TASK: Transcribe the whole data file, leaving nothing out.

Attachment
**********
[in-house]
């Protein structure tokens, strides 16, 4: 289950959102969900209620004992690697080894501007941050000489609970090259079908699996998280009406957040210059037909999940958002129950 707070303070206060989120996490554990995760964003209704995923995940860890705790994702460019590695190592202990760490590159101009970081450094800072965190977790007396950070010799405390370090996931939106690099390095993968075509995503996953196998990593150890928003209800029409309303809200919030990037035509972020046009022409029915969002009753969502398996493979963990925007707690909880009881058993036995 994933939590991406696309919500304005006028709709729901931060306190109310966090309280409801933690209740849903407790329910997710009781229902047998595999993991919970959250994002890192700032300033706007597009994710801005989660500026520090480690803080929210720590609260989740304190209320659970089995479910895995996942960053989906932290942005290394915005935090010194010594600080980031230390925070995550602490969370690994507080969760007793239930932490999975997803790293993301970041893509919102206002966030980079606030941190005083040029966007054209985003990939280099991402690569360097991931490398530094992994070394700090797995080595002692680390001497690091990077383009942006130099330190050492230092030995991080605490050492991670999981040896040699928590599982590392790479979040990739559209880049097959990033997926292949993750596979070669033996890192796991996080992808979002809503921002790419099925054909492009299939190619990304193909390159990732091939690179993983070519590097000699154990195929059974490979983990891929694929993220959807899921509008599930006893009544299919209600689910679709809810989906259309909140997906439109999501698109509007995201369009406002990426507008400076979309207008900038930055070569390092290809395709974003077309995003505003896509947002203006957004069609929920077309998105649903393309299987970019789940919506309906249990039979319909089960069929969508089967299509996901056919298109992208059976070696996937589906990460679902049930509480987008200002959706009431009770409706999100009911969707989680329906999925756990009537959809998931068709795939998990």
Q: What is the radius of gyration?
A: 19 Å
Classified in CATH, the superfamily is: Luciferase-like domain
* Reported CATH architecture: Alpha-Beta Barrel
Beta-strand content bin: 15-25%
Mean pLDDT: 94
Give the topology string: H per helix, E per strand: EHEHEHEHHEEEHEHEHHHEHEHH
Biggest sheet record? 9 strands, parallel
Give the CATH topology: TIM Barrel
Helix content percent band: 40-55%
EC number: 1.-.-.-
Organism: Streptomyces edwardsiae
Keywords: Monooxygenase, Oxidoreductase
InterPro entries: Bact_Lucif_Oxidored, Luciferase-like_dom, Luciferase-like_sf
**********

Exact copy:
[in-house]
């Protein structure tokens, strides 16, 4: 289950959102969900209620004992690697080894501007941050000489609970090259079908699996998280009406957040210059037909999940958002129950 707070303070206060989120996490554990995760964003209704995923995940860890705790994702460019590695190592202990760490590159101009970081450094800072965190977790007396950070010799405390370090996931939106690099390095993968075509995503996953196998990593150890928003209800029409309303809200919030990037035509972020046009022409029915969002009753969502398996493979963990925007707690909880009881058993036995 994933939590991406696309919500304005006028709709729901931060306190109310966090309280409801933690209740849903407790329910997710009781229902047998595999993991919970959250994002890192700032300033706007597009994710801005989660500026520090480690803080929210720590609260989740304190209320659970089995479910895995996942960053989906932290942005290394915005935090010194010594600080980031230390925070995550602490969370690994507080969760007793239930932490999975997803790293993301970041893509919102206002966030980079606030941190005083040029966007054209985003990939280099991402690569360097991931490398530094992994070394700090797995080595002692680390001497690091990077383009942006130099330190050492230092030995991080605490050492991670999981040896040699928590599982590392790479979040990739559209880049097959990033997926292949993750596979070669033996890192796991996080992808979002809503921002790419099925054909492009299939190619990304193909390159990732091939690179993983070519590097000699154990195929059974490979983990891929694929993220959807899921509008599930006893009544299919209600689910679709809810989906259309909140997906439109999501698109509007995201369009406002990426507008400076979309207008900038930055070569390092290809395709974003077309995003505003896509947002203006957004069609929920077309998105649903393309299987970019789940919506309906249990039979319909089960069929969508089967299509996901056919298109992208059976070696996937589906990460679902049930509480987008200002959706009431009770409706999100009911969707989680329906999925756990009537959809998931068709795939998990």
Q: What is the radius of gyration?
A: 19 Å
Classified in CATH, the superfamily is: Luciferase-like domain
* Reported CATH architecture: Alpha-Beta Barrel
Beta-strand content bin: 15-25%
Mean pLDDT: 94
Give the topology string: H per helix, E per strand: EHEHEHEHHEEEHEHEHHHEHEHH
Biggest sheet record? 9 strands, parallel
Give the CATH topology: TIM Barrel
Helix content percent band: 40-55%
EC number: 1.-.-.-
Organism: Streptomyces edwardsiae
Keywords: Monooxygenase, Oxidoreductase
InterPro entries: Bact_Lucif_Oxidored, Luciferase-like_dom, Luciferase-like_sf